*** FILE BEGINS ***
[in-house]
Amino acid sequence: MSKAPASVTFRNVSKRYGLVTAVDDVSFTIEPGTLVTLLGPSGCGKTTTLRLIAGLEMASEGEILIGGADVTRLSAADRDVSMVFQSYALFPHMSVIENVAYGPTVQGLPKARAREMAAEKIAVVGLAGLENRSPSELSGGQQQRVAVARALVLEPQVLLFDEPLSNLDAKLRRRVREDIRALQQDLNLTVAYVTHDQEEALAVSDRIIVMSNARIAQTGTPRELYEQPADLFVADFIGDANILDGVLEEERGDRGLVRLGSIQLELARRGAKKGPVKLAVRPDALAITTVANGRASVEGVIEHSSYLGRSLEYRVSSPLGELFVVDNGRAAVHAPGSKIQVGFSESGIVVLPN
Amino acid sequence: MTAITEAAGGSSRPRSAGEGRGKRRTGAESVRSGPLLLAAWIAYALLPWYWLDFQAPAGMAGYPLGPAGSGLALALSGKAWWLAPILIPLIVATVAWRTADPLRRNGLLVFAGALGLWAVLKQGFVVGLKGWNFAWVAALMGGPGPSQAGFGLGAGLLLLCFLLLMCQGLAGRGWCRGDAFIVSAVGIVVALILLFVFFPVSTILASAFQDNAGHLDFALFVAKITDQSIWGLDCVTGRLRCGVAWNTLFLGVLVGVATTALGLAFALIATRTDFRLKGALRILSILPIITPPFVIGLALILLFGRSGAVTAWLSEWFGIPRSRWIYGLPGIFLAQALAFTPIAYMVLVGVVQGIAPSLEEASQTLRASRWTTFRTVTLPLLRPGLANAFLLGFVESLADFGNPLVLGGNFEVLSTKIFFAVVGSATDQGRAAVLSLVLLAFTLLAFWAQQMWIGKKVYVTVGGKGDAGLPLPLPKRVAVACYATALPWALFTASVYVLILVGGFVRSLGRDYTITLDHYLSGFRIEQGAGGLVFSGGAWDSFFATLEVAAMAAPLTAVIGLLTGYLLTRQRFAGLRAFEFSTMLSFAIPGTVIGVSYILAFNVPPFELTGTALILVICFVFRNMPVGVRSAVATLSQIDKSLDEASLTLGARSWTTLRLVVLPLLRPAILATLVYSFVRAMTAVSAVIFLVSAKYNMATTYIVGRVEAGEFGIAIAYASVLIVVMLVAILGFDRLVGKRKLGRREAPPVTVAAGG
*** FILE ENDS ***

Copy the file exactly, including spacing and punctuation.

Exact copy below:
[in-house]
Amino acid sequence: MSKAPASVTFRNVSKRYGLVTAVDDVSFTIEPGTLVTLLGPSGCGKTTTLRLIAGLEMASEGEILIGGADVTRLSAADRDVSMVFQSYALFPHMSVIENVAYGPTVQGLPKARAREMAAEKIAVVGLAGLENRSPSELSGGQQQRVAVARALVLEPQVLLFDEPLSNLDAKLRRRVREDIRALQQDLNLTVAYVTHDQEEALAVSDRIIVMSNARIAQTGTPRELYEQPADLFVADFIGDANILDGVLEEERGDRGLVRLGSIQLELARRGAKKGPVKLAVRPDALAITTVANGRASVEGVIEHSSYLGRSLEYRVSSPLGELFVVDNGRAAVHAPGSKIQVGFSESGIVVLPN
Amino acid sequence: MTAITEAAGGSSRPRSAGEGRGKRRTGAESVRSGPLLLAAWIAYALLPWYWLDFQAPAGMAGYPLGPAGSGLALALSGKAWWLAPILIPLIVATVAWRTADPLRRNGLLVFAGALGLWAVLKQGFVVGLKGWNFAWVAALMGGPGPSQAGFGLGAGLLLLCFLLLMCQGLAGRGWCRGDAFIVSAVGIVVALILLFVFFPVSTILASAFQDNAGHLDFALFVAKITDQSIWGLDCVTGRLRCGVAWNTLFLGVLVGVATTALGLAFALIATRTDFRLKGALRILSILPIITPPFVIGLALILLFGRSGAVTAWLSEWFGIPRSRWIYGLPGIFLAQALAFTPIAYMVLVGVVQGIAPSLEEASQTLRASRWTTFRTVTLPLLRPGLANAFLLGFVESLADFGNPLVLGGNFEVLSTKIFFAVVGSATDQGRAAVLSLVLLAFTLLAFWAQQMWIGKKVYVTVGGKGDAGLPLPLPKRVAVACYATALPWALFTASVYVLILVGGFVRSLGRDYTITLDHYLSGFRIEQGAGGLVFSGGAWDSFFATLEVAAMAAPLTAVIGLLTGYLLTRQRFAGLRAFEFSTMLSFAIPGTVIGVSYILAFNVPPFELTGTALILVICFVFRNMPVGVRSAVATLSQIDKSLDEASLTLGARSWTTLRLVVLPLLRPAILATLVYSFVRAMTAVSAVIFLVSAKYNMATTYIVGRVEAGEFGIAIAYASVLIVVMLVAILGFDRLVGKRKLGRREAPPVTVAAGG